I wouldn’t quite rank September with the likes of Another Woman or Interiors, but it is still a good enough film to reinforce Allen’s reputation as a writer and director capable of handling thoughtful drama as well as ingenious comedy.  And, as we learn near the end, since the events in the picture actually take place in August, September as a title might, just might, suggest that these characters are ready to let go of the past and look toward the future once again.

BONUS TRIVIA:  This picture represents Allen’s second completed version of September.  Unsatisfied with his first effort and the performances of some of his actors, he elected to re-shoot the picture with Stritch, Waterston and Elliott replacing Maureen O’Sullivan (Mia’s real-life mother), Sam Shepard and Charles Durning respectively.  According to Allen, the original version no longer exists.

Video ****

Gorgeous!  By far, this is the best looking DVD video presentation I’ve yet seen for a Woody Allen film.  Kudos to MGM/UA for an anamorphic transfer that captures the beauty of Allen’s vision and Carlo Di Palma’s superb cinematography.  Color, contrast and level of detail are quite perfect throughout, and when the lights go out, images maintain their integrity even in the dark.  Tones are natural looking and well contained throughout, with excellent separation and no distortions of any kinds.  The remarkable interior sets and designs come across with magnificent and minute detail.  There is no grain or compression to mar the pristine images.  For fans of Woody Allen, this transfer will be digital heaven.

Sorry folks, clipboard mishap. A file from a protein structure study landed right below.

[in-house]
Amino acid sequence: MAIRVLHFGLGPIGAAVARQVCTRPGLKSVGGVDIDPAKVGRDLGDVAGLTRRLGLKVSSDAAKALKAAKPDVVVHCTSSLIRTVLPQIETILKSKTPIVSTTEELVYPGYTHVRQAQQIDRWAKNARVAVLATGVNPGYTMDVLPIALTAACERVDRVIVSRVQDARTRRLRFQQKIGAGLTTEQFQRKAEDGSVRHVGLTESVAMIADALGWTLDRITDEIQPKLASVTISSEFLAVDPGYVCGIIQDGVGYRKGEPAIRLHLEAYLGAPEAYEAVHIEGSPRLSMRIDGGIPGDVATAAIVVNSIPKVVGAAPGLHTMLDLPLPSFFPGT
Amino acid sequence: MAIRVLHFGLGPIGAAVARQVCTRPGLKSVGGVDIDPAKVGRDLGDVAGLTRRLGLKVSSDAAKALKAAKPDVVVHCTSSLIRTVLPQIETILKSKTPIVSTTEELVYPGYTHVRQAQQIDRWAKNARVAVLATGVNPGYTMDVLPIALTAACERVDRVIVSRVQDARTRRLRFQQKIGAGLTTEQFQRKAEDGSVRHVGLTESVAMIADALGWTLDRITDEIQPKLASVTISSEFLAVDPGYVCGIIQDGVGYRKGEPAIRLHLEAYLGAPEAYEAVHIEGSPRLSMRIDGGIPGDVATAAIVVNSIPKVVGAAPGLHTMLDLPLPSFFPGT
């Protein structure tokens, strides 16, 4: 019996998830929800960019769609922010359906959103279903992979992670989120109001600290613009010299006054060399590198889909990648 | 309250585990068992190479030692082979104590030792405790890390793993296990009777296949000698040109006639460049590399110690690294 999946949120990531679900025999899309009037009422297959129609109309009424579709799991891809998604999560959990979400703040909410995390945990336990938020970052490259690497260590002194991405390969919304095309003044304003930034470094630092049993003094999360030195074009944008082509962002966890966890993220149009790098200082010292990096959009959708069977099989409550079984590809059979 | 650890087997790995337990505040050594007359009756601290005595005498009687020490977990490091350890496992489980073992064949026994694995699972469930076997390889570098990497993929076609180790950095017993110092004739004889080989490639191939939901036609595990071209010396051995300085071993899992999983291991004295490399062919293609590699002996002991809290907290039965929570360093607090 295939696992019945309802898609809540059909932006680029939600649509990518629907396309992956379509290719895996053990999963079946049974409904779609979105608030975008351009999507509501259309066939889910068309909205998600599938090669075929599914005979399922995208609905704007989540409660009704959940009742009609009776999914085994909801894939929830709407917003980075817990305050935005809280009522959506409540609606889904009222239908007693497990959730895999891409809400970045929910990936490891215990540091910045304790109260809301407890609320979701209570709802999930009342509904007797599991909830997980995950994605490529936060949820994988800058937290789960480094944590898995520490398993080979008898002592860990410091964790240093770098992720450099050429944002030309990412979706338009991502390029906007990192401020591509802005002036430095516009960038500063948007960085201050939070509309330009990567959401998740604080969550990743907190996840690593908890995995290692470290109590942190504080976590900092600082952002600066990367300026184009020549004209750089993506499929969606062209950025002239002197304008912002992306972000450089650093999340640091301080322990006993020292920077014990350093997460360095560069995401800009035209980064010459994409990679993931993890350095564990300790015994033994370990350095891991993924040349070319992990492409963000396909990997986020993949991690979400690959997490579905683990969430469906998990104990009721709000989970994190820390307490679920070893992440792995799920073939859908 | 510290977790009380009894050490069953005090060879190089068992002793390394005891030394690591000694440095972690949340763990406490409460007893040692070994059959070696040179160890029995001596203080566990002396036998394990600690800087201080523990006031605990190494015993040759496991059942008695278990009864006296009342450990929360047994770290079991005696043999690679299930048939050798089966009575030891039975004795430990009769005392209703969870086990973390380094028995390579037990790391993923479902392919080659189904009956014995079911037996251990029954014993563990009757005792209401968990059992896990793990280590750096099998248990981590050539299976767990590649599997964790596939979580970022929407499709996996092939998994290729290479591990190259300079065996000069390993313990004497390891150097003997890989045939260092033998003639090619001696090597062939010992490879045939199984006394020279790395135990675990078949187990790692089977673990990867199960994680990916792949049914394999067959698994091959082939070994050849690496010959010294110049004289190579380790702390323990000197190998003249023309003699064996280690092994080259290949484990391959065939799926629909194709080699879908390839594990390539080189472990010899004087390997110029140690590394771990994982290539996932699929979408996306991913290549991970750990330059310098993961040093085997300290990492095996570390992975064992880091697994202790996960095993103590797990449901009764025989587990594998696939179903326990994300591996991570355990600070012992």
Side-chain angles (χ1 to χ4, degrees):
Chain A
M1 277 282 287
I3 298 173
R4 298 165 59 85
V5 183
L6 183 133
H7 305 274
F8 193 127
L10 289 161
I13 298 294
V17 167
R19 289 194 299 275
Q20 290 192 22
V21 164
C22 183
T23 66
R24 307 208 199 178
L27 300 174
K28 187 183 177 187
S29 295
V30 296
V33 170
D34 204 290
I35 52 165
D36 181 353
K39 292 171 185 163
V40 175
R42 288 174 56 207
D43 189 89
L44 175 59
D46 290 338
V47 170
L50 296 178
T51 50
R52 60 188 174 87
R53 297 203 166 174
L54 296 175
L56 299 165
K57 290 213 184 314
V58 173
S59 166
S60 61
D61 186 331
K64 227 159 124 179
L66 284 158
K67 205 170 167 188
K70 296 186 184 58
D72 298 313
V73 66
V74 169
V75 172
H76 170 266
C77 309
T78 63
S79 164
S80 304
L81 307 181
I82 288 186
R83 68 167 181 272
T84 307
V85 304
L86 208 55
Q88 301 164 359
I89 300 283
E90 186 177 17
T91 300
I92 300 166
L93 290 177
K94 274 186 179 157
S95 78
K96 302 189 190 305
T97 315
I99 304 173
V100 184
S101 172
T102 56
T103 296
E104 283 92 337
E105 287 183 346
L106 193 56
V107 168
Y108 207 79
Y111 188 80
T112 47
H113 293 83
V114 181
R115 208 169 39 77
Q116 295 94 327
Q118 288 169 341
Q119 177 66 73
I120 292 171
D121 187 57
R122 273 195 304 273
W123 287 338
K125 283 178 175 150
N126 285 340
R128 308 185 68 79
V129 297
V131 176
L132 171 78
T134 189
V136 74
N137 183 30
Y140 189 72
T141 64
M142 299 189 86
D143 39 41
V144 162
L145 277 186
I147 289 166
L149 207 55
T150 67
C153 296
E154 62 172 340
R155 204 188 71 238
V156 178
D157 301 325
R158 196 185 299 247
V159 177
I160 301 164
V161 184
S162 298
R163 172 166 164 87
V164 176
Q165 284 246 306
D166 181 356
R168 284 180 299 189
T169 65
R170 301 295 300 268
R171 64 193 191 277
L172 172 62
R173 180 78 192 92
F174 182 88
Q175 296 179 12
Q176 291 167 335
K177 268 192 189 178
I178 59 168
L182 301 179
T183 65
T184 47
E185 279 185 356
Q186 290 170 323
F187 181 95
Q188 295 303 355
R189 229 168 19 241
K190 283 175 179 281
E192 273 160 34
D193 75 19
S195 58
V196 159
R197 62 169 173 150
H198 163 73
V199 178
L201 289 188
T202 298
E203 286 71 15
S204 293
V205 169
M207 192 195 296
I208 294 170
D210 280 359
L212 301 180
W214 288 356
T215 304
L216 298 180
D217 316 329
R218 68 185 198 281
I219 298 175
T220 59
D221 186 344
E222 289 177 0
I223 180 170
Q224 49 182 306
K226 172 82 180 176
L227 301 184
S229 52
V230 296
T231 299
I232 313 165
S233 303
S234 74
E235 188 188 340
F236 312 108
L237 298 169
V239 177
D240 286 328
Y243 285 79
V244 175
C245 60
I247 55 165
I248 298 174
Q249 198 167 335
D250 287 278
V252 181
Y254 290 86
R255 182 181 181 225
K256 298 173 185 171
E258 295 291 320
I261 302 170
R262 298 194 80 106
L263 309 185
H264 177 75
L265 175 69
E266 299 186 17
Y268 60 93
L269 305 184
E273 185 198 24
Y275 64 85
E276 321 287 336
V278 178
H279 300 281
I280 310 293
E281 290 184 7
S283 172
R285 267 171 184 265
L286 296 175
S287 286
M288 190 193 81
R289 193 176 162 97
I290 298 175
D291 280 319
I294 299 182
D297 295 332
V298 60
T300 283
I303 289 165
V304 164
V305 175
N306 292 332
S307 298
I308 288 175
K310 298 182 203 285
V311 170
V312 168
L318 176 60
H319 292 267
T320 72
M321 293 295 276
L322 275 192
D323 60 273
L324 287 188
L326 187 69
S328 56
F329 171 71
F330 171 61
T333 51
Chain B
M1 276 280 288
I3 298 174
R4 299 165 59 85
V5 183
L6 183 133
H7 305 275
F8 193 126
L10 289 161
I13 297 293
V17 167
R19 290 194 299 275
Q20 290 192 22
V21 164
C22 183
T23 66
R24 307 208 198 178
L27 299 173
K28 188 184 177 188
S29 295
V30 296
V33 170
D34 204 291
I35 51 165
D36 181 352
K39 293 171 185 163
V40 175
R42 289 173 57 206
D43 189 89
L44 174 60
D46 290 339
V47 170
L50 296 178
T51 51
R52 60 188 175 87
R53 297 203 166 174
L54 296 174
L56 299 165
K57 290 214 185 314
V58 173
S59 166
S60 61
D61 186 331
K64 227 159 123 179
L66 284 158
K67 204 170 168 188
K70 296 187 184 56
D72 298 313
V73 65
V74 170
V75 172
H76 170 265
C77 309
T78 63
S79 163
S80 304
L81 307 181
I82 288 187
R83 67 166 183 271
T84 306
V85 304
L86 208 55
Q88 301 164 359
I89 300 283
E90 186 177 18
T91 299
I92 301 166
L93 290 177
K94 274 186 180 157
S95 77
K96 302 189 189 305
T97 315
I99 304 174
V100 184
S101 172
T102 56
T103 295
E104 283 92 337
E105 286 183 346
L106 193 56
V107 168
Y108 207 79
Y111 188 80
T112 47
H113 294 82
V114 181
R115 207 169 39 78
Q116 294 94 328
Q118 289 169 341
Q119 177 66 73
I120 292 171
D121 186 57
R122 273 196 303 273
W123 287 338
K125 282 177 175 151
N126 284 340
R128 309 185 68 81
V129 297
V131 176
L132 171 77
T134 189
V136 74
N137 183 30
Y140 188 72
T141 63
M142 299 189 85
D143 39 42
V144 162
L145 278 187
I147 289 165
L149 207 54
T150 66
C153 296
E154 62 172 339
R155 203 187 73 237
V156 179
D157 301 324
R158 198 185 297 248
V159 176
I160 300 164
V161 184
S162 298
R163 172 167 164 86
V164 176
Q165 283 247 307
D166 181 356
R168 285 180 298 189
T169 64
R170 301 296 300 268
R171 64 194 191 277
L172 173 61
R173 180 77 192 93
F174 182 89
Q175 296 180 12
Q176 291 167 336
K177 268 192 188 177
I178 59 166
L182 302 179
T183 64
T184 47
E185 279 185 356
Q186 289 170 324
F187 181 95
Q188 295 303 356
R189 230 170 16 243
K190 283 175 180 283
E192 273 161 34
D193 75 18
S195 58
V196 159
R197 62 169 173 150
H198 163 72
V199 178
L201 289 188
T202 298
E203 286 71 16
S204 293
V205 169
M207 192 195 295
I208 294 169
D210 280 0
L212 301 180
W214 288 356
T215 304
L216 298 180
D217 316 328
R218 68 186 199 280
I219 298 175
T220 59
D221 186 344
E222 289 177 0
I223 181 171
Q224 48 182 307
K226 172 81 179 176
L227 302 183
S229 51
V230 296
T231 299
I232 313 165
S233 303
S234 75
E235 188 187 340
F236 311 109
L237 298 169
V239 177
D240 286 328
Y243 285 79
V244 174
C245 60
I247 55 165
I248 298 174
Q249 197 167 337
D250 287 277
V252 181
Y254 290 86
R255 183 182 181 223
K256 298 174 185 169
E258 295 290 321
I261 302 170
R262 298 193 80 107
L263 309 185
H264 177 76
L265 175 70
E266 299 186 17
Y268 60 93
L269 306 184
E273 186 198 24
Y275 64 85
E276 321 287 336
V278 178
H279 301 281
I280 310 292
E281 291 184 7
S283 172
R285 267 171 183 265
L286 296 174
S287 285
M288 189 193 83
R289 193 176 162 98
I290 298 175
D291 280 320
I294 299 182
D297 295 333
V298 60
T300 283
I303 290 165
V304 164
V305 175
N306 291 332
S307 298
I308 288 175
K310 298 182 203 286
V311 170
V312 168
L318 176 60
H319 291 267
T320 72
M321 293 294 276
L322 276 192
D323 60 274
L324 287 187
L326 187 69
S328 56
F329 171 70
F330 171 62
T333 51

Audio **

Like all Woody Allen films, this one has a simple mono mix, punctuated by some nice jazz music and cleanly rendered dialogue, and even a little dynamic range, though hardly a speaker-rattler.

Features *

Only a trailer.

Summary:

A thoughtful and insightful film about love, loss, guilt and ultimately optimism, September is a wonderfully crafted movie by Woody Allen that only suffers from occasionally getting too close for its own good.  With this beautiful DVD offering from MGM/UA, this is still one no Allen fan should pass up, and its inclusion in the new Woody Allen Collection makes the box set all the better for being there.